Know the potential biomarkers for the risk of cerebral aneurysms



It turns out that aneurysm occurs everywhere in the bloodstream, but usually develops along the aorta and in the blood vessels of the brain.

Expansive arterial remodeling (EAR) includes a genetically programmed biological response designed to restore homeostatic levels of arterial wall tension after an increase in blood flow load. The magnitude and speed of EAR responses to local hemodynamic stress fields and the tensile strength of vascular tissue determine whether the process will result in a stable mural structure (adaptive remodeling) or an unstable mural structure that proceeds to form an aneurysm (maladaptive remodeling) ).

A recent study revealed the molecular mechanisms that underlie adaptive and maladaptive remodeling of cerebral arteries for the first time.

In this study, the researchers streamed the basilar artery in rats by performing bilateral ligature of the carotid artery. Flow induced changes in basilar artery morphometry and histology were correlated with changes in mRNA expression and protein expression. These changes in the mural structure and biology were revealed by comparison of current loaded basilar arteries with basilar arteries from rats undergoing sham surgery. The adaptive and poorly adapted remodeling reactions were differentiated by comparing the results of an aneurysm-sensitive inbred strain of rats with an aneurysm-resistant inbred strain of rats.

The study revealed 24 genes that were differentially expressed between strains in the absence of current load (resting state). More than half of these genes are previously associated with pathological vascular phenotypes and more than a third have been specifically associated with aneurysmal pathology.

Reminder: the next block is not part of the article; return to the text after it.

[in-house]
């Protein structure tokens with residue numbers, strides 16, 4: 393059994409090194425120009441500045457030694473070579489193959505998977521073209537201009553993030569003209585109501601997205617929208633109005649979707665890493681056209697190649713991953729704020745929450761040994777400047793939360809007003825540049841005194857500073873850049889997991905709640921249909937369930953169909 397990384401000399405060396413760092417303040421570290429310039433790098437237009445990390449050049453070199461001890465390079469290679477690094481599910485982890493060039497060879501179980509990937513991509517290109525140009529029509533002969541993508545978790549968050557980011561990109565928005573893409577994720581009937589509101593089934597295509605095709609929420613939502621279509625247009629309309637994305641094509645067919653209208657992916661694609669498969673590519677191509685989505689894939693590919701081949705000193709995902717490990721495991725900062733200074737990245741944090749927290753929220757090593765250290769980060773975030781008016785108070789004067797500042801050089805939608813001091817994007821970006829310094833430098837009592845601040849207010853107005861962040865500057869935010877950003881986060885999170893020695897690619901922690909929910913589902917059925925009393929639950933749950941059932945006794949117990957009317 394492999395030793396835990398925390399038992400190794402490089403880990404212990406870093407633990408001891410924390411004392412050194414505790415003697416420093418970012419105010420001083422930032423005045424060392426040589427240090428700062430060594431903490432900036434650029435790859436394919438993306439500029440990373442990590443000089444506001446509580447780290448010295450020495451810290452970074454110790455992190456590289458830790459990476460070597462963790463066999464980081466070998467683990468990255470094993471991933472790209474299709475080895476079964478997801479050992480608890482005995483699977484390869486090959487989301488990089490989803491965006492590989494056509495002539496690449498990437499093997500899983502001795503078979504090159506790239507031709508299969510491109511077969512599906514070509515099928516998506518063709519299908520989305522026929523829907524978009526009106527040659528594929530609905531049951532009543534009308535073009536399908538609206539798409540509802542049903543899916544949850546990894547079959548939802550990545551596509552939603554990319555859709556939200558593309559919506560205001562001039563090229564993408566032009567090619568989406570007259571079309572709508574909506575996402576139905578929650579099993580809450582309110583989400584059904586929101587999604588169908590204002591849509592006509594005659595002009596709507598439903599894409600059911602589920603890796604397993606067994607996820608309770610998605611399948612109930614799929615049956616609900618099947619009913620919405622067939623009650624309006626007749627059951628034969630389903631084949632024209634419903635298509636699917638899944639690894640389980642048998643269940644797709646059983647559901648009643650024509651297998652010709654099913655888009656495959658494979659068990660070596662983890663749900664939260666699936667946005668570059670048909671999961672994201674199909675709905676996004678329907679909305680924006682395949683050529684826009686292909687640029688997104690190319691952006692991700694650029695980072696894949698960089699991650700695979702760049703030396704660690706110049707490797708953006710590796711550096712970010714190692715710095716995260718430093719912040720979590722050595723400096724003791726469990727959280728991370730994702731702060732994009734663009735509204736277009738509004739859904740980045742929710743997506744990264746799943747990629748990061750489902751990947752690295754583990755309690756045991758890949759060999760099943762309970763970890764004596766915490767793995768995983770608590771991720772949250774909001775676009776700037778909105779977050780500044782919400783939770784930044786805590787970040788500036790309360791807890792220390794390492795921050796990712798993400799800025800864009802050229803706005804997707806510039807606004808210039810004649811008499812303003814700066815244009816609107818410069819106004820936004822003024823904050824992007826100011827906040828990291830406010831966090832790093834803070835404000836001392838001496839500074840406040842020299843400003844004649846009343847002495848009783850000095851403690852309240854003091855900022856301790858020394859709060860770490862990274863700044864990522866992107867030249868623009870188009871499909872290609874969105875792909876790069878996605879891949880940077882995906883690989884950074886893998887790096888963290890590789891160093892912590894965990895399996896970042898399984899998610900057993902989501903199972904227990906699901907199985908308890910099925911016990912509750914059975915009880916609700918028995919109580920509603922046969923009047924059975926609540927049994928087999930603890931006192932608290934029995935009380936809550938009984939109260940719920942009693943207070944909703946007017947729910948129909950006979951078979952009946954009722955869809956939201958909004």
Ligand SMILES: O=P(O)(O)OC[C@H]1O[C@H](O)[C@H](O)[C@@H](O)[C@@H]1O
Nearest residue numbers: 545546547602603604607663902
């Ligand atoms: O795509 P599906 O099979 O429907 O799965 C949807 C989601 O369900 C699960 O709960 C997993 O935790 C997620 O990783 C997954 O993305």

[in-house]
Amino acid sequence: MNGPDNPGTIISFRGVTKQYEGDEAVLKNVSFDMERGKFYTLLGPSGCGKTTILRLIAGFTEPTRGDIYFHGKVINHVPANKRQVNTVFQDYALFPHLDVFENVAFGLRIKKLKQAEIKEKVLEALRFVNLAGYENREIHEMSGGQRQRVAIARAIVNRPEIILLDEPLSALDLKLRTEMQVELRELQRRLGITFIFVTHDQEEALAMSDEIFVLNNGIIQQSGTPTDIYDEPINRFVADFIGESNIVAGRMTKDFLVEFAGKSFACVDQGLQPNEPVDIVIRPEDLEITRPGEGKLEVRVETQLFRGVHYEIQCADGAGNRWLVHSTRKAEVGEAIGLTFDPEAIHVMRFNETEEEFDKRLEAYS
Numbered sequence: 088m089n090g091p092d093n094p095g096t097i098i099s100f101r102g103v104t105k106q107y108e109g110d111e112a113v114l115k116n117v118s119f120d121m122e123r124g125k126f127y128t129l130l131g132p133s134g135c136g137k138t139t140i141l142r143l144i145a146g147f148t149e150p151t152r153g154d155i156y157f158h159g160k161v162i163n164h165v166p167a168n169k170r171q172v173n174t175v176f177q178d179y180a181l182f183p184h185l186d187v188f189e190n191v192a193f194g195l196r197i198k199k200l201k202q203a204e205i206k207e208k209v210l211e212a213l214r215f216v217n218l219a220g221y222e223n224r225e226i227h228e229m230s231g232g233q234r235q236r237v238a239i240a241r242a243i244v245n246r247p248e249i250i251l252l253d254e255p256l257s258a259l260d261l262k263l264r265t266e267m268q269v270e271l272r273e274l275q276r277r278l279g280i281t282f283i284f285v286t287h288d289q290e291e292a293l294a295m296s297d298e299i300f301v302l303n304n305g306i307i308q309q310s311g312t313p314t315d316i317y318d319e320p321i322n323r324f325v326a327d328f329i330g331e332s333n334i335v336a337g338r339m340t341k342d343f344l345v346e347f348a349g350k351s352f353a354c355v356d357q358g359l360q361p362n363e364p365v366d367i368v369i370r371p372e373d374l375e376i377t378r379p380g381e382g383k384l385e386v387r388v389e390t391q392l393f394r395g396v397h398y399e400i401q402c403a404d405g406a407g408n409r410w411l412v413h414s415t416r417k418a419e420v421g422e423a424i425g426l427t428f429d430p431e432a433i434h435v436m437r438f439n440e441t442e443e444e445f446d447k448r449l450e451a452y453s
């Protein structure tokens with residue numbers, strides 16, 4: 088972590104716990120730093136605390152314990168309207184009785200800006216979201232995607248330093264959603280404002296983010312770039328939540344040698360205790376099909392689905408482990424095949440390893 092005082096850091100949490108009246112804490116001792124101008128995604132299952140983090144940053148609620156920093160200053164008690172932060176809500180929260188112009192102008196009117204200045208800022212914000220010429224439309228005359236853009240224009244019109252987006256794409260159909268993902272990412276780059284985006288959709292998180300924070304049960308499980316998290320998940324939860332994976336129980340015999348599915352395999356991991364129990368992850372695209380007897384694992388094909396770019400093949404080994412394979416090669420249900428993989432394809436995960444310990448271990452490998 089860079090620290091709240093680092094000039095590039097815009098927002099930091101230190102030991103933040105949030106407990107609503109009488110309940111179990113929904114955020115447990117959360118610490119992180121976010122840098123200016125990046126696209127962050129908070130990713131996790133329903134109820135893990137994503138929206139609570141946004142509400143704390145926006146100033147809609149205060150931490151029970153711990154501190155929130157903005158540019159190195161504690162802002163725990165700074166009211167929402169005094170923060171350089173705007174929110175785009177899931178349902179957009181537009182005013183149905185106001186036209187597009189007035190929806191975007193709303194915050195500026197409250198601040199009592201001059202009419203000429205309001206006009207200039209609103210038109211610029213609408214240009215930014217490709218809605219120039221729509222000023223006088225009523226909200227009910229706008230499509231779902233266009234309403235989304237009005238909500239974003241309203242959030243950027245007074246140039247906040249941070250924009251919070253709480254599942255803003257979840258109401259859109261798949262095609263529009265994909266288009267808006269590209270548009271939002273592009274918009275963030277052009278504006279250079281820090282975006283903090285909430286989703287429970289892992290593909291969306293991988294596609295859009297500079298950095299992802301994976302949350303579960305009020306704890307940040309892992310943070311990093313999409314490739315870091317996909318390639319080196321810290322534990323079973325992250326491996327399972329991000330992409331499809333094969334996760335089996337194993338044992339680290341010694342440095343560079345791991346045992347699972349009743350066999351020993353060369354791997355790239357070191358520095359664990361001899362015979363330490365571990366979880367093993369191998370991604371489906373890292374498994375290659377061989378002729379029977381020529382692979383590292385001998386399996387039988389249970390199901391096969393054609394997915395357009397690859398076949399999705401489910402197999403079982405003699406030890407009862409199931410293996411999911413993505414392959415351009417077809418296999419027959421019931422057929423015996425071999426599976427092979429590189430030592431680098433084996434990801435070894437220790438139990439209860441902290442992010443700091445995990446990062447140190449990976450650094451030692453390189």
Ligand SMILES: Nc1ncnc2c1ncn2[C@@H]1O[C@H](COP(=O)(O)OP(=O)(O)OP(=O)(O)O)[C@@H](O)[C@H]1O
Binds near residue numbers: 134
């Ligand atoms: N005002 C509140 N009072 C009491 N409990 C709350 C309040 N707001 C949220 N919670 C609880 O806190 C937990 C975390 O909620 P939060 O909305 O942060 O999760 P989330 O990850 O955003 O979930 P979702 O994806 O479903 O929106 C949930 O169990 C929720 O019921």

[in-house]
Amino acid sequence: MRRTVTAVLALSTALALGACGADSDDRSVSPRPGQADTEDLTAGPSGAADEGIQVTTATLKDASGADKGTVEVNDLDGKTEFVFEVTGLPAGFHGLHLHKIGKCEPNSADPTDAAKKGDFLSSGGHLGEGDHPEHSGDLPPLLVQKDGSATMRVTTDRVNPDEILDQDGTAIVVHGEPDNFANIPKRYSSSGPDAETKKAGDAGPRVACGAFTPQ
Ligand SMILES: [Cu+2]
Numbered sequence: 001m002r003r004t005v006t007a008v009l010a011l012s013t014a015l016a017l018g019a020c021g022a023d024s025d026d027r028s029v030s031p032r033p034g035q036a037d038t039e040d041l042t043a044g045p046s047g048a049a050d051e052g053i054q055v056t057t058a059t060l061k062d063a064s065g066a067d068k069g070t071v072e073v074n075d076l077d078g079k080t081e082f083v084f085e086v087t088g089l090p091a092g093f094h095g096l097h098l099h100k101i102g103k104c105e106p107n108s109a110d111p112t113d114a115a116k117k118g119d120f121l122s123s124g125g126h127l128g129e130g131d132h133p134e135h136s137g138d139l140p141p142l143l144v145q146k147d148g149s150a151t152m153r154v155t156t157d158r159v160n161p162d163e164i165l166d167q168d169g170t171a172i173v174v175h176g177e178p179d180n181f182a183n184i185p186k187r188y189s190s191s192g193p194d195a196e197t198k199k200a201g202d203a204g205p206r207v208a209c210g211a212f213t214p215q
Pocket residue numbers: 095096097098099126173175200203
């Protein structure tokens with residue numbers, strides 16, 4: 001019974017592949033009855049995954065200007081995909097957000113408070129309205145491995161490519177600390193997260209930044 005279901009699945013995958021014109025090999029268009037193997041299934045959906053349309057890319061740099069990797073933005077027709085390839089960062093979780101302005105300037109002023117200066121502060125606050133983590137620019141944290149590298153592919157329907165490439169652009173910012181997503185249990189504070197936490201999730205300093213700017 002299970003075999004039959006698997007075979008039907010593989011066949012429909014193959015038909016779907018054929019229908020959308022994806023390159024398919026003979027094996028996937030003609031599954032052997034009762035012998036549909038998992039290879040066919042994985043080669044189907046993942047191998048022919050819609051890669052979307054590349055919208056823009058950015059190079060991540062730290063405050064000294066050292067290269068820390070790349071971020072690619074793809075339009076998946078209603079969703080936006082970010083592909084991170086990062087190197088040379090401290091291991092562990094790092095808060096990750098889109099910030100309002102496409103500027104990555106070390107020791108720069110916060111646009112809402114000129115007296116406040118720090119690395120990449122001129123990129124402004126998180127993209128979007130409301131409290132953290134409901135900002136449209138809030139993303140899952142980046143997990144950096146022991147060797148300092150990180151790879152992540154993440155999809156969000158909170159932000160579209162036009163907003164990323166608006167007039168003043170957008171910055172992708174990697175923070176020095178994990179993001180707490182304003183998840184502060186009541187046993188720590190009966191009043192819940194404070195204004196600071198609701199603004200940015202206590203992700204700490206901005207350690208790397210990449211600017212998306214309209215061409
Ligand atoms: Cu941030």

Numerous flow-induced genes were revealed by this study, including a group of 8 genes that displayed a very strong current-induced expression that was conserved in both inbred strains. A group of 9 genes showed a very strong flow-induced expression with large differences between an aneurysm-sensitive intimate rats and the aneurysm-resistant inbred rats. These genes are considered to play an important role in maladaptive cerebrovascular remodeling reactions that lead to mural stabilization and cerebral aneurysm formation. Three of these genes, including the Tgfb3, Ldha and Rgs16 genes, have been specifically associated with aneurysmal pathology in previous studies.

The newly discovered maladaptive cerebrovascular remodeling genes revealed by this study may allow the development of new diagnostic biomarker tests for patients at risk for cerebral aneurysm formation.

The products of maladaptive cerebrovascular remodeling genes may ultimately prove to be high-yielding drug targets for targeted arterial wall-stabilizing therapies. Such therapies may be particularly beneficial for individuals at high risk of aneurysm formation, including patients with severe hypertension, unilateral carotid artery incisions, cerebral arteriovenous malformations, and aneurysmal cerebral arteriopathies such as tuberous sclerosis, Alaglia syndrome, and sickle cell disease.

The findings published in the Journal of Current Neurovascular Research.

(This story is not edited by Business Standard staff and is automatically generated from a syndicated feed.)


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Know the potential biomarkers for the risk of cerebral aneurysms